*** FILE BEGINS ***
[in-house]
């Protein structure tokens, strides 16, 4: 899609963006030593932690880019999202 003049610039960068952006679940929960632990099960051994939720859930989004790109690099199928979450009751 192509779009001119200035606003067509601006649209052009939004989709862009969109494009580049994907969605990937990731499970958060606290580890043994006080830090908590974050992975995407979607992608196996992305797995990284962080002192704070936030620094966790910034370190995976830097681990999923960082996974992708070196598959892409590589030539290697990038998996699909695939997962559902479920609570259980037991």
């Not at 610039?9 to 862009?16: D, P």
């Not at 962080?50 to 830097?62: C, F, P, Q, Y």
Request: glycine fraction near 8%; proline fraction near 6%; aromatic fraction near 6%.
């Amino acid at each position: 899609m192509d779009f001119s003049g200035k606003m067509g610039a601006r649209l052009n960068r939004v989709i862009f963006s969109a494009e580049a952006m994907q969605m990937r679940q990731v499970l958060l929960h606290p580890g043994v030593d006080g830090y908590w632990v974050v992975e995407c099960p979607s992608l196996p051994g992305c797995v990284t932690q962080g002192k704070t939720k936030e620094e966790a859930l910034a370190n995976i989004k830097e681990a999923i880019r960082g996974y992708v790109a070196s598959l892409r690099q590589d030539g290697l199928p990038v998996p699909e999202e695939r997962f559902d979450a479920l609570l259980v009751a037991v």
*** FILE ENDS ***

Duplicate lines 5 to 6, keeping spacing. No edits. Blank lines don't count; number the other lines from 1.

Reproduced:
Request: glycine fraction near 8%; proline fraction near 6%; aromatic fraction near 6%.
């Amino acid at each position: 899609m192509d779009f001119s003049g200035k606003m067509g610039a601006r649209l052009n960068r939004v989709i862009f963006s969109a494009e580049a952006m994907q969605m990937r679940q990731v499970l958060l929960h606290p580890g043994v030593d006080g830090y908590w632990v974050v992975e995407c099960p979607s992608l196996p051994g992305c797995v990284t932690q962080g002192k704070t939720k936030e620094e966790a859930l910034a370190n995976i989004k830097e681990a999923i880019r960082g996974y992708v790109a070196s598959l892409r690099q590589d030539g290697l199928p990038v998996p699909e999202e695939r997962f559902d979450a479920l609570l259980v009751a037991v």